Discover the ultimate American Roadtrip

Ghost towns of <strong>the West</strong>

Ghost towns of the West

California - Arizona

Imagine walking down a dusty Wild West main street, the doors of deserted buildings flapping in the wind. Picture a closed zoo with no animals, a collection of disused neon signs from long lost Las Vegas businesses or a beach resort that got swamped by mud. Sometimes the relics and ruins of an abandoned community are more inspiring and memorable than the samey main streets of living towns. So we’ve devised this US road trip to appeal to those who can appreciate the appeal of the most dramatic ghost towns and boneyards of the west.

Ghost towns of the West

Stop 1: Bodie 1/12

Bodie

They say Bodie is in a state of ‘arrested decay’, which makes it an ideal starting point for this road trip around the ghost towns of America’s west. Bodie was a thriving 19th-century gold mining town that declined into nothing within 50 years of being established. But the town has been preserved as a Californian State Historic Park. Explore the eerie atmosphere of its 110 deserted homes, bars and buildings, more than 8,000 feet up in the eastern foothills of the Sierra Nevada Mountains.

Bodie, California

http://www.bodie.com/

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Ghost towns of the West

Stop 2: Goldfield 2/12

Goldfield

The discovery of gold in the Nevada desert here, 100 years ago, created a mining ‘boomtown’ that quickly became the largest city in Nevada. Black and white photos show a busy main street full of horse carriages and stores. But the ‘boom’ didn’t last, and before long the mines became unprofitable and people began drifting away. Now visitors can explore the windswept empty streets and unused buildings, including a school and hotel, to experience the atmosphere of a true ghost town.

Goldfield, California

http://www.onlyinyourstate.com/nevada/creepy-ghost-town-nv/

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Ghost towns of the West

Stop 3: Rhyolite (near Beatty) 3/12

Rhyolite (near Beatty)

Rhyolite was once a thriving town, with a railway station, hospital, schools and banks. But its decline into a ghost town was fast. The ruins of a town, undermined by a financial crisis in 1907, still stand in a sheltered basin high in the Bullfrog Hills north of Las Vegas. Follow the road north from Highway 374 and it will take you right into the heart of this classic deserted town.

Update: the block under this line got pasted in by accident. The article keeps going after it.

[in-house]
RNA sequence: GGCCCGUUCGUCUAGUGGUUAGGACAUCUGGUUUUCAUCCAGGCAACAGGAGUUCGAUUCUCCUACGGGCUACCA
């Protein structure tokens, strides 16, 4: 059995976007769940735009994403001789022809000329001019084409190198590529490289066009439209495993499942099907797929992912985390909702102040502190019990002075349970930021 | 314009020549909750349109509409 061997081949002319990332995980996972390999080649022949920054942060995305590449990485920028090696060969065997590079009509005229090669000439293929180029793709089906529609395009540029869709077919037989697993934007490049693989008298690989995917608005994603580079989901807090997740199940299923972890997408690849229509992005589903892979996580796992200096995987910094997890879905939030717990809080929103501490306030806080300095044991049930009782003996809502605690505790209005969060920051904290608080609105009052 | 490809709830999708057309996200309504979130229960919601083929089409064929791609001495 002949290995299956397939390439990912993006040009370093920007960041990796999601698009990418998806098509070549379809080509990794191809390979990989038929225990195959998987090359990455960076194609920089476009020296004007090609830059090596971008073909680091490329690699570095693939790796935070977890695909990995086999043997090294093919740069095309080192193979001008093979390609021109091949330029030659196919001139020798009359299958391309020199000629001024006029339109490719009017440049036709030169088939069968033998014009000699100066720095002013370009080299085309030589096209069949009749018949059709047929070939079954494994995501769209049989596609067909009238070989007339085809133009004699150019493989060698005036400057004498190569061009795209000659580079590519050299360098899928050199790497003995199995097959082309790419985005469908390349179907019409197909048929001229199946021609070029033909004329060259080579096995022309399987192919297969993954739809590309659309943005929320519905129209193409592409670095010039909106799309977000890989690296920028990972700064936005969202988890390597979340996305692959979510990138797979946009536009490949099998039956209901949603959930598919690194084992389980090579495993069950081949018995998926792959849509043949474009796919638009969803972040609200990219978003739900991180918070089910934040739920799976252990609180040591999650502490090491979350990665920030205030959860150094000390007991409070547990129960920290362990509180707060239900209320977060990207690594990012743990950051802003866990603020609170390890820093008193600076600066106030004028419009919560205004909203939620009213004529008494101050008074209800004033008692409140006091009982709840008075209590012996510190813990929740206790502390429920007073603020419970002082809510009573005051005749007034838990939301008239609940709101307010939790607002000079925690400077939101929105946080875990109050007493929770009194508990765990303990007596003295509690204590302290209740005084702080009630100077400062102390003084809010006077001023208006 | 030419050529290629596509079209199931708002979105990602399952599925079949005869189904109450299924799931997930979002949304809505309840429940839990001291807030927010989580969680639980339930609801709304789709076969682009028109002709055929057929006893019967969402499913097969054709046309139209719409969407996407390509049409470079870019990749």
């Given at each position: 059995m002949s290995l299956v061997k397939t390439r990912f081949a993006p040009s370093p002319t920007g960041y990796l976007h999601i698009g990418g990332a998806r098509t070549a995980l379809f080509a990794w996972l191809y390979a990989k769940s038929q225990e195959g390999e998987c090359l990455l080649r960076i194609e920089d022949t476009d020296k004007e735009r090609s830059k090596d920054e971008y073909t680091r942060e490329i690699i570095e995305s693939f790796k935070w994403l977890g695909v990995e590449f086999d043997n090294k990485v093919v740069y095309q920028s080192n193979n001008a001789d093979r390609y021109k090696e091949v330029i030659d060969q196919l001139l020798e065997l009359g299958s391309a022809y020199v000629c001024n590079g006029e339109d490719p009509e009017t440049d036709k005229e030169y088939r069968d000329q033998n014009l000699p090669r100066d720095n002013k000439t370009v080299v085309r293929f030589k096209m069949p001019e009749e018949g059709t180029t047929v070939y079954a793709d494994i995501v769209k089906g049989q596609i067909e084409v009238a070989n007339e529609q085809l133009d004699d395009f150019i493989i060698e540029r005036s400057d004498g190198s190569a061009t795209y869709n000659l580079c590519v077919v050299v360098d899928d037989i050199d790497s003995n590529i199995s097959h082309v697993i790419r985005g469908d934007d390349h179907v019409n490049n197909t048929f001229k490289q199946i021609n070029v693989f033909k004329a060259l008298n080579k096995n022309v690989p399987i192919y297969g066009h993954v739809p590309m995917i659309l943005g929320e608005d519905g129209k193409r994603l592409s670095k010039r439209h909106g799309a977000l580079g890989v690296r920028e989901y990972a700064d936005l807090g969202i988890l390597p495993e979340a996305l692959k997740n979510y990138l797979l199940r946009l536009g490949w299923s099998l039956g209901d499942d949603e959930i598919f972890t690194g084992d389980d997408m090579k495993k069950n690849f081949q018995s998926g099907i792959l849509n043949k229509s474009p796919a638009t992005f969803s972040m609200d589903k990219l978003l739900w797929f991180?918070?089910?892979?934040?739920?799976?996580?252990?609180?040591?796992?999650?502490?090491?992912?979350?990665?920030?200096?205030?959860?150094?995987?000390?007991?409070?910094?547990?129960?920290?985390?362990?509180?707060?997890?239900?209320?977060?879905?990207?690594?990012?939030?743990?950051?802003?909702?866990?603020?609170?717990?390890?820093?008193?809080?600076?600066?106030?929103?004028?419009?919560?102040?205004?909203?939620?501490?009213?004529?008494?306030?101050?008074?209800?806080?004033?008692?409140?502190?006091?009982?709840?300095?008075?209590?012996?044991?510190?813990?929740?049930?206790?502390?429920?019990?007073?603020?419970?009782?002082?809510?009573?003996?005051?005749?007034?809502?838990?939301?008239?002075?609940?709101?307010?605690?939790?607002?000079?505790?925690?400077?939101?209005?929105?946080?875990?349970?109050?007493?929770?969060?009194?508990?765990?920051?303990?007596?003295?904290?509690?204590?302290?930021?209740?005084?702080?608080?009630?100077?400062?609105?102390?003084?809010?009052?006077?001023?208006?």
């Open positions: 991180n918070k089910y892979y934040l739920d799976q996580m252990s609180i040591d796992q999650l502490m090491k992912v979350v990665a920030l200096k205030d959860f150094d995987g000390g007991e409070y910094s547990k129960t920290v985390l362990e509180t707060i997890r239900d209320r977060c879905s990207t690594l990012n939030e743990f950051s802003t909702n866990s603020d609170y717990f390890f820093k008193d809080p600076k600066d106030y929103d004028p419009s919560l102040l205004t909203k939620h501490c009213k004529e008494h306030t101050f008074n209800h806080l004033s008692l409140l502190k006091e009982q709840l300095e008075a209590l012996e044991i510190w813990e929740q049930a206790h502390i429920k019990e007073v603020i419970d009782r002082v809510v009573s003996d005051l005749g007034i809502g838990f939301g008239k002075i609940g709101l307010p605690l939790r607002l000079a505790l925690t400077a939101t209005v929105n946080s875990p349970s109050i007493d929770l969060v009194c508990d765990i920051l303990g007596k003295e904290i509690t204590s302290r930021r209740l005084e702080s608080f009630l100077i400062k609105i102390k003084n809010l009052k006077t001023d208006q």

Rhyolite, California

https://www.nps.gov/deva/learn/historyculture/rhyolite-ghost-town.htm

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Ghost towns of the West

Stop 4: Ballarat 4/12

Ballarat

Opened to try and squeeze out the last vestiges of the Californian gold rush in the late 1890s, Ballarat was an important supply spot as prospectors headed into the Panamint Mountains to get their piece of the action. But it didn’t last long. By 1917 the bulk of business had left town and the population dwindled. What’s left today are the remains of old buildings, as well as a general store run by the town’s only remaining resident.

Ballarat, California

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Ghost towns of the West

Stop 5: Neon Museum 5/12

Neon Museum

The Neon Museum is a six-acre outdoor display of old disused signs from Las Vegas casinos, bars, gas stations, hotels and attractions - it’s like exploring a graveyard of once glossy, thriving businesses. Wander through the multi-coloured flamboyant signage of 80 years of Vegas history, with informative guided tours. Choose day or night tours, but note that many of the colourful steel and glass masterpieces are illuminated after dark. (Image credit: Kory Westerhold)

770 Las Vegas Boulevard North, Las Vegas, NV 89101

http://www.neonmuseum.org/

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Ghost towns of the West

Stop 6: Eldorado Canyon 6/12

Eldorado Canyon

Less than an hour from the Las Vegas Strip is the Techatticup Gold Mine in Eldorado Canyon, deep in the south Nevada desert. The rich mines here closed after World War Two and all that is left today are a few buildings and rusting vehicles. Forget the glitter of Vegas for a day to take a tour right into the mine workings and hear the stories of the lawless lifestyle of a remote gold mining town 100 years ago.